College of Science Announces 2018 Undergraduate Research Stipend Winners

The College of Science has chosen six students to receive this year’s CoS undergraduate summer research stipends. The selected students, nominated by Illinois Tech faculty, will each earn $5,000 for 10 weeks of research with Illinois Tech faculty members this summer. The stipends are funded primarily by the college’s board and alumni.

Robert Ellis, associate dean for the College of Science, said “This stipend provides highly motivated students a valuable opportunity to pursue a research project with their research mentors, preparing them for a future graduate program or scientific work in industry or government.”

Andrew Adams (COM 3rd year) and Matthew Shapiro, associate professor of political science, will identify intentional and unintentional biases against the public’s access to science and assess the extent to which science content is politicized in the media.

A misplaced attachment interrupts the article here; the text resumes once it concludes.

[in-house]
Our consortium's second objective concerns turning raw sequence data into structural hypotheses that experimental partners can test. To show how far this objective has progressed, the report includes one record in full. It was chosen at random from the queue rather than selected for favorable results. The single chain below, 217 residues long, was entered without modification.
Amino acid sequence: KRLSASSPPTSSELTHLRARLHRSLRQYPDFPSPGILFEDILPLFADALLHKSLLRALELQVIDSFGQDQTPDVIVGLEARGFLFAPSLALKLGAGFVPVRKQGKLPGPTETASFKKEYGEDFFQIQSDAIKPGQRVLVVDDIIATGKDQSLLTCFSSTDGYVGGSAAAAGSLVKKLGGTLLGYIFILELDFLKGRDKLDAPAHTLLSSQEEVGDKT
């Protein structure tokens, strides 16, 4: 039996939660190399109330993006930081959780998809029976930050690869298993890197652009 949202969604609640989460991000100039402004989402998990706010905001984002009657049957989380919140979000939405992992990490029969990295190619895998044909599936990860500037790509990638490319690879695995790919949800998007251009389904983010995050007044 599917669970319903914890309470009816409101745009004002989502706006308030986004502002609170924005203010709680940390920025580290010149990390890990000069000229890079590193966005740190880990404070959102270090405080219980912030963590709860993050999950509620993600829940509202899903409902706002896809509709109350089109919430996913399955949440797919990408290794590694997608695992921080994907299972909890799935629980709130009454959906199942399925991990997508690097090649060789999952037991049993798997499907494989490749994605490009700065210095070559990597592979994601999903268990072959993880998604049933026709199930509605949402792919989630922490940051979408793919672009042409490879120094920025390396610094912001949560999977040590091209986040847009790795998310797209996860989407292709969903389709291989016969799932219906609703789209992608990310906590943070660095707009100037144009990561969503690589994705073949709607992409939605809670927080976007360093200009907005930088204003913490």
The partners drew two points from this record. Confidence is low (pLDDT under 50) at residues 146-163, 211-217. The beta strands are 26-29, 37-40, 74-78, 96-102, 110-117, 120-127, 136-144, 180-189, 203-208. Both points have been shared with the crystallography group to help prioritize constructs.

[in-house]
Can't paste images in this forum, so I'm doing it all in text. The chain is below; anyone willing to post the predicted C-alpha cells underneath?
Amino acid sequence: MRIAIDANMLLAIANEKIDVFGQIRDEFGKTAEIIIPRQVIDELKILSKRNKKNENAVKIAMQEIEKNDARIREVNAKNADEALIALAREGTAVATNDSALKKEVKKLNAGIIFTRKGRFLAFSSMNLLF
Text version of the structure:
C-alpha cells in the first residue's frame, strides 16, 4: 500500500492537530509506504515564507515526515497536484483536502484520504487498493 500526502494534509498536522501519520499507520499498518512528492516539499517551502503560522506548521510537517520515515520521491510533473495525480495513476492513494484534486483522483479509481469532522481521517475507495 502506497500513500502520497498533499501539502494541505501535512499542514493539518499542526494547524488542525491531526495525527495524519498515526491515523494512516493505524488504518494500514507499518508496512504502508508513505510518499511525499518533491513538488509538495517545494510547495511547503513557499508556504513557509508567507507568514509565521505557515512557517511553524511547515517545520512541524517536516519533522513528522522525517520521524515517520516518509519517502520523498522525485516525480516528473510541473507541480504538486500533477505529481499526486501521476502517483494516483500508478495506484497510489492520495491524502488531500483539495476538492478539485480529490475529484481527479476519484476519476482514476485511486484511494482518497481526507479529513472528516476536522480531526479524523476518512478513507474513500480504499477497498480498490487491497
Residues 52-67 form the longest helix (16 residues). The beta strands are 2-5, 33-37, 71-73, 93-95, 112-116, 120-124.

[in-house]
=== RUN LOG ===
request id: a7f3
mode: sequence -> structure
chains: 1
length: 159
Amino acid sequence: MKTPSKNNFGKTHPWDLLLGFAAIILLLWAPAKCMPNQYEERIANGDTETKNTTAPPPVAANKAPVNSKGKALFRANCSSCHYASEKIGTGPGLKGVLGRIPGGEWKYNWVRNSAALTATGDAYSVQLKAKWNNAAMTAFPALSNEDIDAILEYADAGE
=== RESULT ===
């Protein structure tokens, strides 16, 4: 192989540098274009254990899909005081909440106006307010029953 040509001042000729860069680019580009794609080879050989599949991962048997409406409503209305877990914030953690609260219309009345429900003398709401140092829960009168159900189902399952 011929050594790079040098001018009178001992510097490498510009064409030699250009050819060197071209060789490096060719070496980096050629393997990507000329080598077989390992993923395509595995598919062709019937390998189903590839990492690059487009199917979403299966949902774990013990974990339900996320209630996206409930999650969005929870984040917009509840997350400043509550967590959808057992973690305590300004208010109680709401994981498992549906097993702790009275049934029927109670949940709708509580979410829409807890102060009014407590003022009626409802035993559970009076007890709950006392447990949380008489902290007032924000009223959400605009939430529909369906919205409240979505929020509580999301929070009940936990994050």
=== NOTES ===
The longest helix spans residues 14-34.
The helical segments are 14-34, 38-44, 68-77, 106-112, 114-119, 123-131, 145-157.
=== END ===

Idris Ayantoye (MBB 5th year) and Rong Wang, professor of chemistry, will study the expression of the protein collagen in pelvic floor connective tissues in diabetic and non-diabetic patients.

Sana Basheer (BIOL 3rd year) and Jialing Xiang, professor of biology, will map the presence and location of the BaxΔ2 gene, which produces a protein causing cell death, in the connective tissue of various organs to better understand the body’s inherent defenses against cancer.

Noah Grudowski (AMAT 4th year) and Fred Hickernell, professor of applied mathematics, will explore the effectiveness of automatic Monte Carlo algorithms for an important class of statistical inference problems.

Paolo Alejandro Ratti Tamayo (CS 4th year) and Boris Glavic, assistant professor of computer science, will work on altering existing relational data models that encode data uncertainty to provide more detailed uncertainty information.

Zachary Sierzega (PHYS 3rd year) and Jeff Wereszczynski, assistant professor of physics, will perform a computational study of how ion concentrations affect the supercoiling of DNA to better understand DNA compacting, transcription, and gene expression in varying environments.